How come none of the U.S. diesel trucks have this problem? If it is so common here, as everybody seems to think, why have the manufacturers not done anything about this. If our fuel is different then they should anticipate this and engineer their systems accordingly. And don't use the excuse that their tech is any more complex because I think Ford has been using piezo injectors for a while with no problems that I know about. The only thing that the Euro diesels have that we dont is the Add Blue crutch, and that is all downstream after combustion takes place so fuel makes no difference. One more thing to point out, how many other countries have government funded agency's that keep track of these things? I know Europe does but how many others. This could be a global problem but it's coming to light here thanks to the bean counters.
Feb 17th, 2011 1:51am
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radmeister radmeister
Most countries do actually, I don't know of any modern country where the government allows you to put whatever you want on the road. As to your question as to why transport trucks have no problems, transports are low rpm, low compression engines, which also require a large amount of fuel/min. You can go fill a transport truck with bio-diesel and have no problems. In a car, especially one using a high pressure system the fuel pump does not need to output high volumes, but low volumes at a high pressure. This means a very intricate pump with very small rotating components. It's much easier to clog/damage. Not only the fuel pump can fail, there are many other sensors and components both before and after the combustion cycles that can fail from poor quality/high contaminant fuel, and from the improper combustion of that fuel. I don't know about you but I can't run 89 octane in my Saab, it would also stall nearly instantly..I made the mistake once, and had to siphon the fuel out of the tank.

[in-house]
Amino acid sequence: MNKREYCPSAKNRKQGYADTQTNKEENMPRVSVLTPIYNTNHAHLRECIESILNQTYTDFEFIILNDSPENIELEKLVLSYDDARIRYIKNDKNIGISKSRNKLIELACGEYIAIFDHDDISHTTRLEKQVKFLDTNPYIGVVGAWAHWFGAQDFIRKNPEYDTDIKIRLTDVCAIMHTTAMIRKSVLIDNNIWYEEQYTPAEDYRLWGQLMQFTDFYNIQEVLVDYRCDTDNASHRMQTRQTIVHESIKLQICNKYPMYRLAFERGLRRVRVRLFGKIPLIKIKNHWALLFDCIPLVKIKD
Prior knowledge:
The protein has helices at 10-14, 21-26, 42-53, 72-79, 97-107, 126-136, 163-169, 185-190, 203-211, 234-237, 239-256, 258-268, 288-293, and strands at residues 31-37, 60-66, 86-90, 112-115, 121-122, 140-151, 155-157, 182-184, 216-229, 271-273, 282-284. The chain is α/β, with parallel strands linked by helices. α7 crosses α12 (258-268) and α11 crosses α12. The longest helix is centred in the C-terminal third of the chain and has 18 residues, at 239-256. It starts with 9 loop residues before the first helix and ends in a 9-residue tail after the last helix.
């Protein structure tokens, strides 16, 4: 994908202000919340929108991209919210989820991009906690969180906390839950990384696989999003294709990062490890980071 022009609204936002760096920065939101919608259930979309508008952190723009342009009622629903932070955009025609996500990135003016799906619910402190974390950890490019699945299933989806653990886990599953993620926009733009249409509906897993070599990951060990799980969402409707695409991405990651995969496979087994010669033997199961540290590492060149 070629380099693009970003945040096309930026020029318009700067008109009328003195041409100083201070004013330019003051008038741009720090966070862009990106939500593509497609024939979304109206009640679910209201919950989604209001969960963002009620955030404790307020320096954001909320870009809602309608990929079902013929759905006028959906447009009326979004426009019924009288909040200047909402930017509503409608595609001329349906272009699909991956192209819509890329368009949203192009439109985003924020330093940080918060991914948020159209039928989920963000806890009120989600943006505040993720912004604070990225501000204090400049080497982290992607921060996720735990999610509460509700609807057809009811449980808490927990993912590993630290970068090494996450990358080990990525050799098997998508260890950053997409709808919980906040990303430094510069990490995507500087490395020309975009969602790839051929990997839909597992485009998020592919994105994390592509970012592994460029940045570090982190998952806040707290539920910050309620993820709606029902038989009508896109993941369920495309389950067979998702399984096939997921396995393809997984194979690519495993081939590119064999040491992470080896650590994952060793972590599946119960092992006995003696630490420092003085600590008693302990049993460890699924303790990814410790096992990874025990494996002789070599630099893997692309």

Feb 17th, 2011 5:01am
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eddie eddie
Usa still has high sulfur diesel vs europe
Feb 17th, 2011 1:09am
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ZHPRegistryNet ZHPRegistryNet
Any of you that are fimiliar with BMW, will find this story somewhat relevant to the N54/N55 turbo engines utilizing a high-pressure fuel pump. They too fail with US Gasoline (not diesel in this case) at an undesired rate.
Feb 17th, 2011 1:05am
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norther norther
exactly. and that happened, as u said, with gasoline. usa still uses 93 octane. and in some stations i saw leaded and unleaded. ive never seen in europe 93, leaded, or any other type of gasoline, under 95. let us not mention that diesel has a much lower octane level, and it is "dirtier" than gasoline... plus other impurities that are rpesent from region to region, country to country.
Feb 17th, 2011 1:27am
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rho88 rho88
@ norther. The octane rating system is different in North America versus Europe. For the same fuel, the USA will show it at around 5 octane lower then the rest of the world. It's just a different measure, not cheaper fuel. Leaded fuel is ban for sale for on-road use in the USA. It is sold for off-road use, like farming equipment.
Feb 17th, 2011 9:14am
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SKDebisingh SKDebisingh
I was at my dealer the other day and saw a 2010 jetta sportswagen tdi getting a whole new fuel system. I think they said the repair was in the $2000 range... The tech told me that the tdis have this problem because of the diesel fuel in the area.
Feb 17th, 2011 12:09am
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KonradMitchell KonradMitchell
Actually it's between 8-10k!
Feb 21st, 2012 3:58am
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cronan cronan
That it only occurs in the states..., hm... could it be that lowquality crap they call diesel?
Feb 16th, 2011 11:21pm
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Siawa Siawa
You know you have a good point. I've been browsing a lot for a Diesel Merc... this report is making me think otherwise.
Feb 17th, 2011 12:08am